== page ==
FAYETTEVILLE, Ark. (KNWA/KFTA) — On June 28, a Fayetteville man was sentenced to 240 months in prison followed by five years of supervised release on one count of possession of a firearm in furtherance of a drug trafficking offense.

The Honorable Judge Timothy L. Brooks presided over the sentencing hearing in the United States District Court in Fayetteville. According to court documents, in January of 2021, law enforcement officers made contact with Troy Dale Franklin, 39, after he ran a stop sign in a stolen vehicle.

The vehicle was searched and officers located a distribution amount of methamphetamine, cocaine, and marijuana. In addition, Franklin was in possession of a loaded pistol, after having been convicted of multiple felony offenses.

Franklin was arrested and released on bond the same day.  In February and March of 2021, detectives with the Fourth Judicial District Drug Task Force (DTF) made a series of controlled purchases of methamphetamine from Franklin in Fayetteville. After the last purchase, Franklin was arrested by detectives and searched.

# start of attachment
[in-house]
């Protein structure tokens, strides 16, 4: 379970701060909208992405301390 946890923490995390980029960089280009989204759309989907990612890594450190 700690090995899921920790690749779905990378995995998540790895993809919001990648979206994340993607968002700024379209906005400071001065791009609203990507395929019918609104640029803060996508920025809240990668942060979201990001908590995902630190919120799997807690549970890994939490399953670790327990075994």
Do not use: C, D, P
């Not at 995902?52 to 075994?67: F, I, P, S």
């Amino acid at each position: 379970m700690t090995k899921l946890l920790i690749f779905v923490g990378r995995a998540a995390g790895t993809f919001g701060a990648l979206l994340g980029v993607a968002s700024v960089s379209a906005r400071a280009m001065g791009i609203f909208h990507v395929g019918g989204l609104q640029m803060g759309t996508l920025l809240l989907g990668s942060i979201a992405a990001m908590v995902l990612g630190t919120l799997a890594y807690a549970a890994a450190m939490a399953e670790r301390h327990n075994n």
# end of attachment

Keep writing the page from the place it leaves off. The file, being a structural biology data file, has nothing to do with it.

The search resulted in detectives locating and recovering DTF buy money.  A search of Franklin’s vehicle resulted in detectives locating approximately 269 grams of methamphetamine, a loaded handgun and drug paraphernalia.

Franklin was also in possession of $2,093 dollars cash, which was seized by detectives.  Under Federal law, Franklin is considered a Career Criminal, subject to enhanced penalties.

U.S. Attorney David Clay Fowlkes of the Western District of Arkansas made the announcement. The Fourth Judicial District Drug Task Force investigated the case, and Assistant U.S. Attorney David Harris prosecuted the case.

This case was prosecuted as part of Project Safe Neighborhoods (PSN), a program bringing together all levels of law enforcement and the communities they serve to reduce violent crime and make our neighborhoods safer for everyone. The Department of Justice reinvigorated PSN in 2017 as part of the Department’s renewed focus on targeting violent criminals, directing all U.S. Attorney’s Offices to work in partnership with federal, state, local, and tribal law enforcement and the local community to develop effective, locally-based strategies to reduce violent crime.